Mary Lou Jepsen, Openwater
Before founding Openwater, Mary Lou Jepsen was an engineering executive at Facebook, Oculus, Google and Intel. She has founded four startups, including One Laptop per Child where she was CTO, chief architect and delivered to mass production the $100 laptop. She has been a professor at both MITs: MIT in Cambridge, Mass., and the Royal Melbourne Institute of Technology in Australia. She is an inventor of over 200 published or issued patents, and has shipped billions of dollars worth of consumer electronics at the edge of what physics allows. She has been recognized with many awards including TIME magazine’s “Time 100” as one of the 100 most influential people in the world, and as a CNN top 10 thinker.
Marcello Ienca, ETH Zurich
Marcello Ienca is research fellow at the Health Ethics & Policy Lab, Department of Health Sciences and Technology at ETH Zurich, Switzerland. His research focuses on the ethics and governance of biomedical data, ethically aligned artificial intelligence (AI) and responsible innovation for emerging technologies at the human-machine interface. Prior to joining ETH, Dr. Ienca has obtained MSc, MA and PhD degrees from the Humboldt University of Berlin, KU Leuven (Erasmus Mundus Consortium) and the University of Basel. He has published extensively on the ELSI of neurotechnology and AI, big data trends in biomedicine, ethical design in robotics, data ethics, dual-use, digital health and cognitive assistance for people with intellectual disabilities. He has advocated the development of neuro-specific rights for the era of neurotechnology and big data. Ienca has received several awards for social responsibility in science and technology such as the Prize Pato de Carvalho (Portugal), the Sonia Lupien Award (Canada) and the Paul Schotsmans Prize from the European Association of Centres of Medical Ethics (EACME). He has authored +20 scientific articles in peer-review journals, several book chapters and is a frequent contributor to Scientific American. His research has been featured in popular media such as The Guardian, The Times, Die Welt, El Clarin and others. He is a representative to the board of the International Neuroethics Society.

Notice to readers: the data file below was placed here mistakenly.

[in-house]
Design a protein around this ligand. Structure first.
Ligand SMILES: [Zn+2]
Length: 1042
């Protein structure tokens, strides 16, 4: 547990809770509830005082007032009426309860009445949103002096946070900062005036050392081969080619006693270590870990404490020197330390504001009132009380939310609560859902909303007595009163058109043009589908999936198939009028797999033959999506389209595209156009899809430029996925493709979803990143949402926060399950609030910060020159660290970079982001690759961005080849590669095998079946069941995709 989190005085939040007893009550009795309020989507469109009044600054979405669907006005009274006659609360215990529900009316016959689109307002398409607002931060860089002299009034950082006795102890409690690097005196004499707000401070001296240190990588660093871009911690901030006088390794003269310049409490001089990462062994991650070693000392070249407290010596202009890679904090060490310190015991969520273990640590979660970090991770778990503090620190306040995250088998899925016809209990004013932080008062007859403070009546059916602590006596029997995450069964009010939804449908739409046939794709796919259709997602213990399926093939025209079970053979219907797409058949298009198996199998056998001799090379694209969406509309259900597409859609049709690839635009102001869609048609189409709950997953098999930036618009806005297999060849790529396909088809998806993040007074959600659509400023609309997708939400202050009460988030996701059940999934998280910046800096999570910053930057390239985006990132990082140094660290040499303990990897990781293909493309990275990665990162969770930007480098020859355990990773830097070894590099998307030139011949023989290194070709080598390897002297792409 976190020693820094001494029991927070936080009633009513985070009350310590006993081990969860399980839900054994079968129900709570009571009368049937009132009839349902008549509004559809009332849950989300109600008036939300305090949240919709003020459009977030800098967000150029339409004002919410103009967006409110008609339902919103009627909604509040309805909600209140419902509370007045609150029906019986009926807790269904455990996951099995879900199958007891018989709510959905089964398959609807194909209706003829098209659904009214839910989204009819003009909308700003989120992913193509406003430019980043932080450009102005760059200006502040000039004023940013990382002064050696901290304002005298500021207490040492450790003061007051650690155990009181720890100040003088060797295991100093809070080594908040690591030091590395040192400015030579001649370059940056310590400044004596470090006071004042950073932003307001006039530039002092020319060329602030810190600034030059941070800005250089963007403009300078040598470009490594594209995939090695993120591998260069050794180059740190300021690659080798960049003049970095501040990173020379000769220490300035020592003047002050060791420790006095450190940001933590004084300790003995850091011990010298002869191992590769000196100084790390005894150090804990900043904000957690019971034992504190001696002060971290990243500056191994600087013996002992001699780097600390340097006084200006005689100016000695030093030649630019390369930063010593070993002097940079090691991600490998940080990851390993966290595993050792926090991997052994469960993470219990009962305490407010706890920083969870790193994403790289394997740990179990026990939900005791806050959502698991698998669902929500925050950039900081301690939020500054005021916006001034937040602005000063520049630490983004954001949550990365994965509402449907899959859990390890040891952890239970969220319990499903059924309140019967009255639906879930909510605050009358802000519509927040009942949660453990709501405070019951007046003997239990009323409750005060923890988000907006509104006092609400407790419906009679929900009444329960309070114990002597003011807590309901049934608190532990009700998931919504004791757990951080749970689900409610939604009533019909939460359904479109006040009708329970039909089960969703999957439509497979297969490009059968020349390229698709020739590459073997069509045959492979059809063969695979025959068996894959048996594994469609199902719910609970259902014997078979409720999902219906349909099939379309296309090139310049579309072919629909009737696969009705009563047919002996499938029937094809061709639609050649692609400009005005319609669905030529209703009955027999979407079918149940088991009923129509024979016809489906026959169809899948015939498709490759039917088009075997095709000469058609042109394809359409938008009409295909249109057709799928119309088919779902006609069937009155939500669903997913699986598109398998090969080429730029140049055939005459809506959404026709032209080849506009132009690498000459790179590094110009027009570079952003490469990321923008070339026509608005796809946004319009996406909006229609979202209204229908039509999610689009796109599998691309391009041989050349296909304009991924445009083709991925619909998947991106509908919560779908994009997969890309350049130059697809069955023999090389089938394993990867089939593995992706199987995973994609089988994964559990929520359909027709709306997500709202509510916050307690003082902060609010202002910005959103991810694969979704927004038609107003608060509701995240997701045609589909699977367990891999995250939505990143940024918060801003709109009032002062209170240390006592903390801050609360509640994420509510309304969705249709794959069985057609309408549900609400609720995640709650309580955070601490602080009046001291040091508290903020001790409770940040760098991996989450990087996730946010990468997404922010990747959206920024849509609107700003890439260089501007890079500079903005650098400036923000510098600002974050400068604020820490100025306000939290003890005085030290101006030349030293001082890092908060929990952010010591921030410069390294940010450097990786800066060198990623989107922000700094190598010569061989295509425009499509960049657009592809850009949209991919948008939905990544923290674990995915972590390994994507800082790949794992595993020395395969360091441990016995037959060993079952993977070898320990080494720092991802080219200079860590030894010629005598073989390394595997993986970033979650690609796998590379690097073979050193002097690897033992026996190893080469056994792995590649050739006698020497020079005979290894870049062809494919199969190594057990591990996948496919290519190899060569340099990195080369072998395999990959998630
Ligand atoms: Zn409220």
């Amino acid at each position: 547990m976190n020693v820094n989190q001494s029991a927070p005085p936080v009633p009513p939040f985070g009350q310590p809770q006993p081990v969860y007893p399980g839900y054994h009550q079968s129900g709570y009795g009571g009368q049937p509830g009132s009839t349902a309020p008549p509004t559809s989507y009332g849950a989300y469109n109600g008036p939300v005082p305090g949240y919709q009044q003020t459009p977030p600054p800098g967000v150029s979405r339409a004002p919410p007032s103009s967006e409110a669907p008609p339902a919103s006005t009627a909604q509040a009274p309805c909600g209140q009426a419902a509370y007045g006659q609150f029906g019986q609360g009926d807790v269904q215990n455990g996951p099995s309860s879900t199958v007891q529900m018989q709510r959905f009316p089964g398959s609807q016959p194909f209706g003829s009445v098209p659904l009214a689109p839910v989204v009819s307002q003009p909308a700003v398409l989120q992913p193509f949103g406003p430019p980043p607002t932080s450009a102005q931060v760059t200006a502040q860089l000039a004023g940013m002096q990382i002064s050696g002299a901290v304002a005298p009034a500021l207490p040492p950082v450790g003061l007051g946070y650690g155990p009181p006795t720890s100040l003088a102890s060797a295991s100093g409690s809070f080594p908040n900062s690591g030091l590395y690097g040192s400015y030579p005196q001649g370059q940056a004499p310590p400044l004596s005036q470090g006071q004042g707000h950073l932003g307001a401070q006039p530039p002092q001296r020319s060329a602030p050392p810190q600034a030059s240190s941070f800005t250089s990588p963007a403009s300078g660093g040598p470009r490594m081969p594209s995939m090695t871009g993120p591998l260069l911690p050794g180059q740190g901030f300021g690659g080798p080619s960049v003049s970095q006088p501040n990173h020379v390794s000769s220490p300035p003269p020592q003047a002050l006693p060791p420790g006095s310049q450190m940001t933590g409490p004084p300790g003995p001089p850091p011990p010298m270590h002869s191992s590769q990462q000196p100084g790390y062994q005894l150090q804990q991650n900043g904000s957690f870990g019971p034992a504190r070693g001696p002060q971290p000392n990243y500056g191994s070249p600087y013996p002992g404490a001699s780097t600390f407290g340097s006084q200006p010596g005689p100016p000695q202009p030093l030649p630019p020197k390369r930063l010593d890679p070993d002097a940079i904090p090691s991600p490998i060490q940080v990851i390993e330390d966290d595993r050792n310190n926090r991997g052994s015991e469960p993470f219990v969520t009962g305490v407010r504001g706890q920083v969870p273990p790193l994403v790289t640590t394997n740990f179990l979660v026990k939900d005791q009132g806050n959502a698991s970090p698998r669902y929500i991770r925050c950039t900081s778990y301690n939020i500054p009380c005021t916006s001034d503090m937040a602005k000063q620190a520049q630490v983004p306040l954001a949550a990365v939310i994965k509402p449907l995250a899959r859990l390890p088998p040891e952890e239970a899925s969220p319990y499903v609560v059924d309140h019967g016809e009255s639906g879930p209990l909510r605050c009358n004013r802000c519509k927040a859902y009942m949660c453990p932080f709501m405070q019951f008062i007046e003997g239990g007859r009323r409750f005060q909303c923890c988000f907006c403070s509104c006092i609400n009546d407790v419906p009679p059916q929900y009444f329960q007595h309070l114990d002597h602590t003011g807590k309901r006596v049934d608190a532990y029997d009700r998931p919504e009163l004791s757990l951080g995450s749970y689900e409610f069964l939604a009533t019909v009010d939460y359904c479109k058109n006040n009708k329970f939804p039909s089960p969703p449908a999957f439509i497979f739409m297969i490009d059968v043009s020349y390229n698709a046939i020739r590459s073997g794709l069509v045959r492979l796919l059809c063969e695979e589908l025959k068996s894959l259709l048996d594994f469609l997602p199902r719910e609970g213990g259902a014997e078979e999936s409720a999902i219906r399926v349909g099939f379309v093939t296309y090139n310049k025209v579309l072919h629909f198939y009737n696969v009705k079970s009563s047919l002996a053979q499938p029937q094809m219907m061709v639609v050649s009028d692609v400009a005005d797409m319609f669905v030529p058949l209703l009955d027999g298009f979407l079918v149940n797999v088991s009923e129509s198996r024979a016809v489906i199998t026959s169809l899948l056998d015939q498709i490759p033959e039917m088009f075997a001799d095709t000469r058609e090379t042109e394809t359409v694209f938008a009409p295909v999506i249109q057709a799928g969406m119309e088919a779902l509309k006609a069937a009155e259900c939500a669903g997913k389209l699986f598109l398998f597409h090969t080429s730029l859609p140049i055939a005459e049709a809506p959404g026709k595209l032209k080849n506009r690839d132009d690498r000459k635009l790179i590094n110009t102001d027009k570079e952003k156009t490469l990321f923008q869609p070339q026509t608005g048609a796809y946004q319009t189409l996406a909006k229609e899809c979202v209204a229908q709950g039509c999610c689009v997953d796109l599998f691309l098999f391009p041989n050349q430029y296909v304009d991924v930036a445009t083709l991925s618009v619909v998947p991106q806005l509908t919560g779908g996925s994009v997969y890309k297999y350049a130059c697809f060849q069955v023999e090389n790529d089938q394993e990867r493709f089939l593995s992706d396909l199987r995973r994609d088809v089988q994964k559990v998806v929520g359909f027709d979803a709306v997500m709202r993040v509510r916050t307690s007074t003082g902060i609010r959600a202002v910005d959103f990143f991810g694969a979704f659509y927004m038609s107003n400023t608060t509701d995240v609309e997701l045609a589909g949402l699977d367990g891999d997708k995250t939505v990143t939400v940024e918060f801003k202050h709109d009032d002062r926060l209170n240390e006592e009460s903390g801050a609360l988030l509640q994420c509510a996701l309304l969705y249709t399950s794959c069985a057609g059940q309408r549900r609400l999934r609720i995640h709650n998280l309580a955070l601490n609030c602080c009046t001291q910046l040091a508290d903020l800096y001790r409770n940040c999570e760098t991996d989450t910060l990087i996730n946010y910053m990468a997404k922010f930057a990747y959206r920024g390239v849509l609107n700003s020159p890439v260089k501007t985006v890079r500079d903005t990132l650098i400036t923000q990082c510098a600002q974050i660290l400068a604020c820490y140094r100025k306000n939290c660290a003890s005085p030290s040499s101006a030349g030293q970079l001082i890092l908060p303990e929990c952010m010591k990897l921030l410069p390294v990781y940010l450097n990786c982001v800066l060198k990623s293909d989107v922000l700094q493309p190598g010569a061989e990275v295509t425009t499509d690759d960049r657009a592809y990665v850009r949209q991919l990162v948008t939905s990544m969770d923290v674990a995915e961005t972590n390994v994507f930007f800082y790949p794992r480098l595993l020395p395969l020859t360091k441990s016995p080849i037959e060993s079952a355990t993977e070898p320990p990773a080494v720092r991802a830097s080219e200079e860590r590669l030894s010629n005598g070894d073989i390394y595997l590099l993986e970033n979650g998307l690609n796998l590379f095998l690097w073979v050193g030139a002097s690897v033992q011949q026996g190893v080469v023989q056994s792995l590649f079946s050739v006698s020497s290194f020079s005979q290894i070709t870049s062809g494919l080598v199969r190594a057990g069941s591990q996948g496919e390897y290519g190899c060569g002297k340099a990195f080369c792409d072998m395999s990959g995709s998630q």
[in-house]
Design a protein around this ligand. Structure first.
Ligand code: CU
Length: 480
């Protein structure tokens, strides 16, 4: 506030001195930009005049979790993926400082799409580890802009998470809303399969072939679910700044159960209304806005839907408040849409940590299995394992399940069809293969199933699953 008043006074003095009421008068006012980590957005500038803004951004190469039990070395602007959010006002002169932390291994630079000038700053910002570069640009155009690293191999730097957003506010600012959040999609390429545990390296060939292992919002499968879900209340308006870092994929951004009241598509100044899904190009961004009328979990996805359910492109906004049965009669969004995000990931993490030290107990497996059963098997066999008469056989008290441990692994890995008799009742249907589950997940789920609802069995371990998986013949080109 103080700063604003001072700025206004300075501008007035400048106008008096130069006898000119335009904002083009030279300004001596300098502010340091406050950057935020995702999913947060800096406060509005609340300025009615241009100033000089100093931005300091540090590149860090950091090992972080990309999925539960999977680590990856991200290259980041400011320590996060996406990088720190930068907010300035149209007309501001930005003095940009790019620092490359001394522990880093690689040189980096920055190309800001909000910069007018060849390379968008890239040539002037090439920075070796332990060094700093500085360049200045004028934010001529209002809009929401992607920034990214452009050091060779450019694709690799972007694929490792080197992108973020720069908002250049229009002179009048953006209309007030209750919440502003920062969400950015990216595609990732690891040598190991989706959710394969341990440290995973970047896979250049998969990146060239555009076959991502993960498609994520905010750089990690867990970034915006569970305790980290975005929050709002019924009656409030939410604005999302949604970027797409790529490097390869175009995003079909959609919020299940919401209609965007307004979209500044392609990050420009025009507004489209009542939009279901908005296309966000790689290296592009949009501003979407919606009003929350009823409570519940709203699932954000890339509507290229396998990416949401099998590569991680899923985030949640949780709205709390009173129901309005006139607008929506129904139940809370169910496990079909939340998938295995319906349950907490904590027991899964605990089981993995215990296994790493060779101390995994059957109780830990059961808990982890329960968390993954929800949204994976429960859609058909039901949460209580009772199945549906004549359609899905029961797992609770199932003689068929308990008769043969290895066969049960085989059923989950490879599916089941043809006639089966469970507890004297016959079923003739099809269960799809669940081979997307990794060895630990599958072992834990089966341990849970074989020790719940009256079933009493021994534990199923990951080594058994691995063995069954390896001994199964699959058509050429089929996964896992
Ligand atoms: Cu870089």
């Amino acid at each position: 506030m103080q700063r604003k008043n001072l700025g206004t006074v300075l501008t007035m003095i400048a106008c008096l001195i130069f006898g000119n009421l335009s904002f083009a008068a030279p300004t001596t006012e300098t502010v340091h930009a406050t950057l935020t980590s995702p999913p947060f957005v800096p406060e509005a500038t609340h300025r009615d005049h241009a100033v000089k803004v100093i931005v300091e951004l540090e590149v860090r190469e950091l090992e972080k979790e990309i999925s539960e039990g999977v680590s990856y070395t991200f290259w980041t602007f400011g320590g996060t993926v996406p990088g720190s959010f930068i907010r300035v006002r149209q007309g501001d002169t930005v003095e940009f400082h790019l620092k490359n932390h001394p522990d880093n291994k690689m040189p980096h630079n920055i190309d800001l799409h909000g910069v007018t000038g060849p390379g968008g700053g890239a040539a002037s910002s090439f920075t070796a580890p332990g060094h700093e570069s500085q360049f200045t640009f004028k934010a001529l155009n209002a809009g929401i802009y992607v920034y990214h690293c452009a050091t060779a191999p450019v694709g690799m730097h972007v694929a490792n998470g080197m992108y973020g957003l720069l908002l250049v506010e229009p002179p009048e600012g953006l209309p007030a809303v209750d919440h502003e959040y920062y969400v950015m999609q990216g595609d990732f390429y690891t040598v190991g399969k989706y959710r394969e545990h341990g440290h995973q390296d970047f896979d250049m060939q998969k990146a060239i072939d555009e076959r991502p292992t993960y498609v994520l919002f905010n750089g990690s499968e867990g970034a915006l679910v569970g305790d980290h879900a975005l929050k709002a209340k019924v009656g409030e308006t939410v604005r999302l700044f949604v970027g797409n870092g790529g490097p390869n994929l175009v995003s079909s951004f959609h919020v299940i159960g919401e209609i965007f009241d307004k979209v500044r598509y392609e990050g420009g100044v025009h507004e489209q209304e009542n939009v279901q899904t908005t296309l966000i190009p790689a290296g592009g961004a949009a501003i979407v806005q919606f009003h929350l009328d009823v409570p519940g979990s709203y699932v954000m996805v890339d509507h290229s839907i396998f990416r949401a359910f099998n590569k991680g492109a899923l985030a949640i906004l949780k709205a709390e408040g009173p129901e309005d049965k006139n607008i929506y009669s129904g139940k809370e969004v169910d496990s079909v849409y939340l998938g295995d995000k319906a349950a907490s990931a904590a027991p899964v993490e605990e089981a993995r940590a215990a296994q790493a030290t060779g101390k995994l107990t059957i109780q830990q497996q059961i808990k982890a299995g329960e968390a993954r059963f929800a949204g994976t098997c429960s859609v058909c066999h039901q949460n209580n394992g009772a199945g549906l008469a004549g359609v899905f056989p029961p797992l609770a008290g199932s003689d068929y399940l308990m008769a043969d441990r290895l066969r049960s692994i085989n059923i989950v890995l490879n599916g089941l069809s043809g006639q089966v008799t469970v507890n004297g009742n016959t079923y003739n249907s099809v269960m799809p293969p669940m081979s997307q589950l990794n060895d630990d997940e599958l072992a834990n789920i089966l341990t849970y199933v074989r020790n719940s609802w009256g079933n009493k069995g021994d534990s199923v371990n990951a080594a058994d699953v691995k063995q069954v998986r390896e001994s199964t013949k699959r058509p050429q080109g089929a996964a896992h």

Jodi Halpern, UC Berkeley
Jodi Halpern M.D., Ph.D (Philosophy) is Professor of Bioethics and Medical Humanities at UC Berkeley and co-founder of the Berkeley Group for the Ethics and Regulation of Innovative Technologies. Her work brings together psychiatry, philosophy, affective forecasting and decision neuroscience. Her first book, From Detached Concern to Empathy: Humanizing Medical Practice was called a “seminal work” by JAMA. Her upcoming book Remaking the Self in the Wake of Illness focuses on resiliency. Halpern’s current scholarship imagines how innovative technologies, including AI, VR and genetic engineering, change relationships in unexpected ways. She is also writing a book about this entitled Engineering Empathy. Halpern is invited to present this work internationally, including at the 2018 meeting of the World Economic Forum (WEF) in Davos, Switzerland. See jodihalpern.com.
Philip Reiner, Tech4GS